When you open the box you will find the camera body and lens packed separately, as well as a battery, battery charger, shoulder strap, USB cable, a printed User's Manual and an expanded version of the user's manual on an included CD-ROM. A second CD-ROM features Nikon ViewNX 2, Short Movie Creator, and Reference Manual. Not included: A memory card. Be sure to get at least one that's a Class 10 speed, with at least 16GB of storage, such as the Lexar 16GB Class 10. See all class 10 SD cards at Adorama. If you plan on shooting lots of video, get a higher-capacity card in the 32-64GB range. I strongly suggest investing in a second card, just in case. Memory cards are inexpensive—don't skimp here! Also I suggest buying a second Nikon EN-EL20 Lithium-ion battery and keep it charged so you're not caught with a dead battery while traveling with the camera, for instance.
Setting Up The Nikon 1 J1
Mount the lens to the camera body. Remove the lens and body caps. Align the raised metal line on the lens barrel with the white dot at the top of the camera, and turn the lens to the right until it locks in. Press the button in the zoom ring and zoom the lens out so it is ready for use. After charging the battery, press the on/off button and you're ready to go.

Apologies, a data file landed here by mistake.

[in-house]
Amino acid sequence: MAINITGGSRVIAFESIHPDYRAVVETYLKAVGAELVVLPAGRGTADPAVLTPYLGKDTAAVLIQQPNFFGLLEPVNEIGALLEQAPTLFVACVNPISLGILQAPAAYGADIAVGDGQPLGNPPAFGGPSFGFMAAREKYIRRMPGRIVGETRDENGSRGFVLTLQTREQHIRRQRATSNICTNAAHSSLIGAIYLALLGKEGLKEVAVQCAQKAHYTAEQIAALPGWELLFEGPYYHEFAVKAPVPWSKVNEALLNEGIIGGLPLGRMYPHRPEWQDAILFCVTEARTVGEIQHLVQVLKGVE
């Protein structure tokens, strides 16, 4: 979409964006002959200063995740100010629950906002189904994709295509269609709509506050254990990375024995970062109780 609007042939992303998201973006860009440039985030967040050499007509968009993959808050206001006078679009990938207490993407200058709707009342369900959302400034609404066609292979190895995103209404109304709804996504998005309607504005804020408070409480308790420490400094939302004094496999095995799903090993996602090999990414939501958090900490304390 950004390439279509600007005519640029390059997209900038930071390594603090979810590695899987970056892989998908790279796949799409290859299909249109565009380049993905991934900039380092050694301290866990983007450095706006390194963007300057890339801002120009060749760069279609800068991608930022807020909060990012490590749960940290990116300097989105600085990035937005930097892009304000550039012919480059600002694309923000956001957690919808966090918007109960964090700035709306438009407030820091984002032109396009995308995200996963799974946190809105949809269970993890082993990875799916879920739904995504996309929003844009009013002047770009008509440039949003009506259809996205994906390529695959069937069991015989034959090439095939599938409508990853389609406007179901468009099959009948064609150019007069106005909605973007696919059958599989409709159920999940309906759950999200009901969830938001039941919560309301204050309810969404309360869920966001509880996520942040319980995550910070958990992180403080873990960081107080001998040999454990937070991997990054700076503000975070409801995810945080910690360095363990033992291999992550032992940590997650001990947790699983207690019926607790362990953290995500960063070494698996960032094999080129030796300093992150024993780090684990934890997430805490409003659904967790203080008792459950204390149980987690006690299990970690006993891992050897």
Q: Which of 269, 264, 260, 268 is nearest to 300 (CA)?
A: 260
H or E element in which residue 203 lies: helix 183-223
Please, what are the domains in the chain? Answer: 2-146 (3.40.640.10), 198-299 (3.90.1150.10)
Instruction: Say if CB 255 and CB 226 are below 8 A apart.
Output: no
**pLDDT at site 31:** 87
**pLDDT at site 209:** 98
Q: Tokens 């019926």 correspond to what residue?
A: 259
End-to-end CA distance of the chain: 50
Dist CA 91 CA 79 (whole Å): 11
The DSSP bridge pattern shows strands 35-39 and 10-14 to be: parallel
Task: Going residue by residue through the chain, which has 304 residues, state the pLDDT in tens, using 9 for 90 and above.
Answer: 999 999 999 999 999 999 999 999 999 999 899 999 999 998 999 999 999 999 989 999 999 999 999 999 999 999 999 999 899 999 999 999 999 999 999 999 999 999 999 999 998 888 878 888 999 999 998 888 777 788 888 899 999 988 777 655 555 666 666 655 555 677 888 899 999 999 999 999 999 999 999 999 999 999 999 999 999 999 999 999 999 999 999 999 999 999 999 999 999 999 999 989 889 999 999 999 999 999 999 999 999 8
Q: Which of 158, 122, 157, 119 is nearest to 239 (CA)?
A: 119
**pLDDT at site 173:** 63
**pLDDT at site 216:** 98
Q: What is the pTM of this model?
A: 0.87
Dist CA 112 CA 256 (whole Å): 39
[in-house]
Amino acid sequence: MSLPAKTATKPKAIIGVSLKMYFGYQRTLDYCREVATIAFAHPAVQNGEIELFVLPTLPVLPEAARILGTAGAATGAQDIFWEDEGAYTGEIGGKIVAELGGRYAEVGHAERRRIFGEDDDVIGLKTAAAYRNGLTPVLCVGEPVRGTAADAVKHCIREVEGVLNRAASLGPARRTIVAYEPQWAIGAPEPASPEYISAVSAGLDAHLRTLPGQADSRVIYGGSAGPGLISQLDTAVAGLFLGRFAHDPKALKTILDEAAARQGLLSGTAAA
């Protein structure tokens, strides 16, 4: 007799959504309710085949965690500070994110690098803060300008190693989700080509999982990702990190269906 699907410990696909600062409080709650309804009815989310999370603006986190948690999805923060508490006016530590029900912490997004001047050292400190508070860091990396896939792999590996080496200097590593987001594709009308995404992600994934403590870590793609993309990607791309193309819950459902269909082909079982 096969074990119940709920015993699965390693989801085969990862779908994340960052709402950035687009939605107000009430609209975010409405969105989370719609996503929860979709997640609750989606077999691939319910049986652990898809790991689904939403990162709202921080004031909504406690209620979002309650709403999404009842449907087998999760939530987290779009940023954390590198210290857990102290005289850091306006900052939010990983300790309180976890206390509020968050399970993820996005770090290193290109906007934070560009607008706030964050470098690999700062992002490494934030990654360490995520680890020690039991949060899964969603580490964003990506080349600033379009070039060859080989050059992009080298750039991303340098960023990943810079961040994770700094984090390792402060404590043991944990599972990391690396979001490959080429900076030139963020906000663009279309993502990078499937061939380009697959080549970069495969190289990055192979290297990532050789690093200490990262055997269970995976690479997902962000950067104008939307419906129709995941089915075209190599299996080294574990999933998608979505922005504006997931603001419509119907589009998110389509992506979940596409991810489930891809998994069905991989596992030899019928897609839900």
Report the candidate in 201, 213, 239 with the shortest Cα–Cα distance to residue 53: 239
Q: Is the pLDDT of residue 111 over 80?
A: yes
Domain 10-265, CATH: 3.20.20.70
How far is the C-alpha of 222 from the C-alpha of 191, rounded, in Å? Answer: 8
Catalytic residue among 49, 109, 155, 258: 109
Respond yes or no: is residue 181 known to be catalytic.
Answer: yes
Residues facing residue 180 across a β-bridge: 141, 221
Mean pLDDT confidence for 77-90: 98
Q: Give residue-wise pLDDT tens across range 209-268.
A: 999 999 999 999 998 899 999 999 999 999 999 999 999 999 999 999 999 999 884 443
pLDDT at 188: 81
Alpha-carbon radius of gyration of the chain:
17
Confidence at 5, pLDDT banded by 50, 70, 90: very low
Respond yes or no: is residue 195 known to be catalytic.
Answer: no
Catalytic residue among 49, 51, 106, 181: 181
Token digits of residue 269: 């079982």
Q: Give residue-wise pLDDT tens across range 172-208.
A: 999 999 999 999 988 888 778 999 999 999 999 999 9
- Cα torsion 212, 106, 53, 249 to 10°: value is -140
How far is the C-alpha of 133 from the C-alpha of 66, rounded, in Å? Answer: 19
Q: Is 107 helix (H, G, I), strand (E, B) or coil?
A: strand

Shortcuts for Snapshooters
By default, the camera is ready for still photos right out of the box. The big round button on the top of the camera is the shutter release, and the smaller round button with the red dot is the video button. Press it once to start shooting video, again to stop. It's that easy!
For simple no-guesswork shooting select the Smart Photo Selector, which is the white camera icon on the dial in the back near the top. The camera will automatically choose the best exposure for the scene at hand, and will automatically turn on the flash only if needed. By default it will choose a higher ISO in low light to avoid the use of flash whenever possible, resulting in more natural lighting. Want to tell the camera to use the flash? Move the dial to the green camera Still Picture mode and move the switch with the lightning icon to flip up and activate the flash. (You can, of course, select red-eye reduction, and slow-sync flash if you want even more control and to balance the flash with ambient light by pressing the flash icon on the four-way control button on the bottom right of the camera back.)